By Amy Silverman
By Olivia LaVecchia
By Monica Alonzo and Stephen Lemons
By Chris Parker
By Michael Lacey
By Weston Phippen
After church services on a steamy Sunday afternoon last May, Najib Savaya tried through an interpreter to put his plight into perspective.
"I am not a dishonest liar guy," said the soft-spoken Iraqi-born man, leaning up against a wall at northeast Phoenix's Chaldean Catholic Church. "I never have trouble. I did not know that your secret police were out after me and my family. If I know that what my boys do was wrong, I stop them. I am not a thief guy."
Listening in a few feet away, Savaya's wife, Anjel, started to weep softly and shake her head from side to side. A younger woman rushed over and laid a comforting hand on Anjel's shoulder.
All this happened a few weeks after a Maricopa County Superior Court judge had dismissed major felony drug and racketeering charges against the Savayas, their three adult sons and 34 other Phoenix and Glendale convenience store owners and employees.
All had been arrested in September 1997 after a well-publicized sting known as the "Mini Thins" case. Mini Thins are an over-the-counter cold medication that contains ephedrine--a chemical often used illegally in the production of crystal methamphetamine.
Phoenix police and federal Drug Enforcement Agency officers raided the independent stores after getting a tip that the shops--including the Savayas' Liquor Wheel--had become a prime local source for meth cooks, who were buying the medication in bulk (in many instances) from the little stores.
Yet area "super-stores" such as Wal-Mart had stopped bulk sales of Mini Thins and other meth precursors at the friendly urging of law enforcement months before the police sting started. The mom-and-pop stores, including Liquor Wheel, hadn't been afforded that same warning.
The judge dismissed the cases against the small stores after ruling that the defendants had committed no crimes under Arizona law. Though the legal victory was sweet, the Savayas and the others knew it could be short-lived.
For one thing, the state Attorney General's Office shipped its files to the U.S. Attorney, hoping that the feds would prosecute the Mini Thins defendants under their less restrictive criminal code.
Also, state prosecutors announced their intention to continue civil forfeiture proceedings against 16 of the convenience stores--which, if successful, would be financially crippling or worse. (For legal reasons, those proceedings are on hold in Superior Court.)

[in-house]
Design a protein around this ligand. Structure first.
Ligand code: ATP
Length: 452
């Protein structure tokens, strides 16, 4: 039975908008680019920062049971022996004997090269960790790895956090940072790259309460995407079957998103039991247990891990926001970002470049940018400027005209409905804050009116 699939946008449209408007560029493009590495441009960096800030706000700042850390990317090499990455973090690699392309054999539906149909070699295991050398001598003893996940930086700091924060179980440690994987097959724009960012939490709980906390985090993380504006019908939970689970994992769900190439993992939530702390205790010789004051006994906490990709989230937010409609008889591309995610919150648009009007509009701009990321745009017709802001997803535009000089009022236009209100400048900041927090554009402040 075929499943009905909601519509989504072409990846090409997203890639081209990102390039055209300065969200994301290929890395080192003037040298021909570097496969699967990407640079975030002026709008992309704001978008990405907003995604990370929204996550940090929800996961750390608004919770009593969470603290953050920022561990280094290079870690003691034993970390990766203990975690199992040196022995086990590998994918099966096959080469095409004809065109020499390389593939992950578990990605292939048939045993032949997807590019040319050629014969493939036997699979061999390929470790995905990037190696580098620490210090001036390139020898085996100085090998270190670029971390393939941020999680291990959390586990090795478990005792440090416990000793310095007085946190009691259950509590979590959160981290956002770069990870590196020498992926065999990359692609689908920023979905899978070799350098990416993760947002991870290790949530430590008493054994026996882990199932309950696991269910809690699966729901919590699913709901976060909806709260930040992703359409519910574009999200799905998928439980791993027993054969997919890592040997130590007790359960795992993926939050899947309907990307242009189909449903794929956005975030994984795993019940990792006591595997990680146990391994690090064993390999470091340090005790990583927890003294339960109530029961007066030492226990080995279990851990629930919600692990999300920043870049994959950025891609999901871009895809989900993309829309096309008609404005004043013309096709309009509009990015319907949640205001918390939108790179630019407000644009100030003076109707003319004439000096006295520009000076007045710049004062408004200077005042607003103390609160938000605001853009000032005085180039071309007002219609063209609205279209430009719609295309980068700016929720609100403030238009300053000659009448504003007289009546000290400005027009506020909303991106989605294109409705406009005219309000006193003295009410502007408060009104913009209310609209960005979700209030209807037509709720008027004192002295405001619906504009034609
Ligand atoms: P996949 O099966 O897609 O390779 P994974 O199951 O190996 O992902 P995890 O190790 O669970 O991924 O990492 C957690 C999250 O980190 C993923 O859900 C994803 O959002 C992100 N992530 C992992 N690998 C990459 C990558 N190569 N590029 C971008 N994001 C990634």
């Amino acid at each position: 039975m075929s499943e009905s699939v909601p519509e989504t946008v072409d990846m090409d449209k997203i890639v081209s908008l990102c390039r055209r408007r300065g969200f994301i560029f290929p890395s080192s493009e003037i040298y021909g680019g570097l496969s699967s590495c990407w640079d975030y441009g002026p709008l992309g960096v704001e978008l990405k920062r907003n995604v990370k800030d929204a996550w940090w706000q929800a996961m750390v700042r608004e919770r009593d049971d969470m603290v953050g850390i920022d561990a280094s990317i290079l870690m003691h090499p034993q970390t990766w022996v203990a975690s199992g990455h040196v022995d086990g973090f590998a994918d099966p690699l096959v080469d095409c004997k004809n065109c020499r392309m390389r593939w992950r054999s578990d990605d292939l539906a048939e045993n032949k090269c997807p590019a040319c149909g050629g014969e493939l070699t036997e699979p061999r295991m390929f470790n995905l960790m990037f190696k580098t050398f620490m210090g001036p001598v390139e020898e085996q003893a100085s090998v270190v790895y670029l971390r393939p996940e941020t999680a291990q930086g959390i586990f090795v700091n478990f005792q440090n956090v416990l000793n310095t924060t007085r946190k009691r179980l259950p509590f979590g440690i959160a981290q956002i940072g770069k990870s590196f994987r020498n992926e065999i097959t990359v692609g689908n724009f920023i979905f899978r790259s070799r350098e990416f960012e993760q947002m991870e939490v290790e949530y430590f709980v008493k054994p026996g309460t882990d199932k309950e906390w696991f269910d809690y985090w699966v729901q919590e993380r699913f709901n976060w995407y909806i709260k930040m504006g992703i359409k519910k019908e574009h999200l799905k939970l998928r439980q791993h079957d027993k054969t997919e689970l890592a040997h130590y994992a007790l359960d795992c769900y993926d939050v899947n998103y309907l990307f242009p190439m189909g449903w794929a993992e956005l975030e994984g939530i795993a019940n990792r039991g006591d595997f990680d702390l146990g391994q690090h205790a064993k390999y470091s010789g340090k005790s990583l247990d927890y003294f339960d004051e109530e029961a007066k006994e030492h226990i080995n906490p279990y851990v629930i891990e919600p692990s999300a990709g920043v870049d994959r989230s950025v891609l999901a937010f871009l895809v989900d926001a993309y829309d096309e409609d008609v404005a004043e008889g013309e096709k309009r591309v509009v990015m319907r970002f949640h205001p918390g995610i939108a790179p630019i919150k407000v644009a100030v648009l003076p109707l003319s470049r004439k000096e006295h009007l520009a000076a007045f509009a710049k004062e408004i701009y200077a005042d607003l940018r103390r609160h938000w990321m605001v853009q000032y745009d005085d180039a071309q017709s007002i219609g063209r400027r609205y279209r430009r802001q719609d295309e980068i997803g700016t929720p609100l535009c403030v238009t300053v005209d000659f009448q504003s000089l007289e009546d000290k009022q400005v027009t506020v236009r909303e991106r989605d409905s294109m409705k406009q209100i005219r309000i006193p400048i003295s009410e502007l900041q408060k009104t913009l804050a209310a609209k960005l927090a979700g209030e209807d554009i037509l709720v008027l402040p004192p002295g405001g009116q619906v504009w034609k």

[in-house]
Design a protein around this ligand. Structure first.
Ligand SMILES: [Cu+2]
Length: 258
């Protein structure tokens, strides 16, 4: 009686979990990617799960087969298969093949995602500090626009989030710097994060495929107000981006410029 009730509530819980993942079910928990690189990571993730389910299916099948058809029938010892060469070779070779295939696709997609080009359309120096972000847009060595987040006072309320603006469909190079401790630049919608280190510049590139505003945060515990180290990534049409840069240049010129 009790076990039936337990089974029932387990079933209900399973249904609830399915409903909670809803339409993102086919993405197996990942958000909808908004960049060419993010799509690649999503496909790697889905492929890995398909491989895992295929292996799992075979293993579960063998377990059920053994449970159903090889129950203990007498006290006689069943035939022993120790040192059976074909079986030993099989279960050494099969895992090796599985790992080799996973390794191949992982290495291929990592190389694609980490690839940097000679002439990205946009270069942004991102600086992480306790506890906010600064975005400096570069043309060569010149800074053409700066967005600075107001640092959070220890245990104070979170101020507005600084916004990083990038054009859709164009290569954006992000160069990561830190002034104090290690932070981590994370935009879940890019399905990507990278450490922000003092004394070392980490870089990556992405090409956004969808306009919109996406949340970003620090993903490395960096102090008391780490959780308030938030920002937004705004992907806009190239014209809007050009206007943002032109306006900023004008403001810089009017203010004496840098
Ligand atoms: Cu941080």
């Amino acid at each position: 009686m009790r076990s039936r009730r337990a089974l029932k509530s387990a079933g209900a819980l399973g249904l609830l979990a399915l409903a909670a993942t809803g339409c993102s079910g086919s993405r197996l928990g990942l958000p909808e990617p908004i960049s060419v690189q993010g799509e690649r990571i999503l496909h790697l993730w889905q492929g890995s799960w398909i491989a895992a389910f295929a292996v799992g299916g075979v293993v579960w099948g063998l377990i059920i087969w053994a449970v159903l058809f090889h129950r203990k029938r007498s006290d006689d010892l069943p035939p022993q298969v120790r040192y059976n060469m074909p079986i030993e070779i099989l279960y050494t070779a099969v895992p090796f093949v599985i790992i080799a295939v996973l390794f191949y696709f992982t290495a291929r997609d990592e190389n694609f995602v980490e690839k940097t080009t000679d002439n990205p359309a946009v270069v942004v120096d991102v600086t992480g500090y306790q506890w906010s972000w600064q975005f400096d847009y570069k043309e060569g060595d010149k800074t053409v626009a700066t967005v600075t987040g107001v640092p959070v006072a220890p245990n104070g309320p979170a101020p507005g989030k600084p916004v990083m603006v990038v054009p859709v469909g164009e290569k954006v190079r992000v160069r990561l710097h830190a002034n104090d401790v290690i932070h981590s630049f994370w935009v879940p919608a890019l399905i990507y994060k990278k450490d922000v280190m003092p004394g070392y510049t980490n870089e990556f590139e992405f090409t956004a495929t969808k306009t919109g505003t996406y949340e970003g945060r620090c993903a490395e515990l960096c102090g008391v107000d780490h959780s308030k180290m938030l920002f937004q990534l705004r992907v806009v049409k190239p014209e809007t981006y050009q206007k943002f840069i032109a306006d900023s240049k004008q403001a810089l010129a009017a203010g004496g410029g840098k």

"I come here to be free and now I am not," Savaya said last May. "I am very sad man now."
Months passed, and federal prosecutors still hadn't announced their intentions.
Though his life was in limbo, Najib Savaya tried to maintain a semblance of his pre-Mini Thins existence--working at the store, going to church, attending family functions. He and his family had moved to Arizona in 1996, a dozen years after escaping the tyranny of Saddam Hussein and landing in the state of Michigan.
But Amir Alyas, another onetime Mini Thins defendant, says he and his wife, Fay, saw firsthand that Savaya and his wife remained haunted by the experience.
"We were most worried about Najib because he was the most nervous among us," says Alyas, also a native Iraqi who attends the same church as the Savayas. "He was stressed, this nice, nice man with big heart. A lot of people involved in this secret police thing get hurt bad. But this thing killed Mr. Savaya."
Najib Savaya died last month of a heart attack. He was 54.
Savaya's family is adamant that the Mini Thins case caused the sudden demise, according to his Phoenix defense attorney, Marc Budoff.
"I think they have a point in that the government hosed a lot of these [Mini Thins defendants]," says Budoff, who represented Najib Savaya but not his other family members. "The police and the AG absolutely overreached on this case, and they dragged many, many people into a big net that had no business being there, including my client."
The evidence against Najib and Anjel Savaya does appear to be far less compelling than that against their three sons. DEA case agent Art Staples said as much in an interview last year with defense attorneys, when he conceded that the boys had done almost all the negotiating and selling of the Mini Thins to undercover cops posing as meth cooks.
"They came here--to the land of plenty--to get away from the oppression in Iraq, and then, bingo," says Anjel Savaya's defense attorney, Eleanor Miller. "Mr. and Mrs. Savaya clearly were not knowledgeable about what, if anything, illegal was going on, other than they were making money."
Meanwhile, the feds say they still haven't decided if they will refile criminal charges against any of the Mini Thins defendants.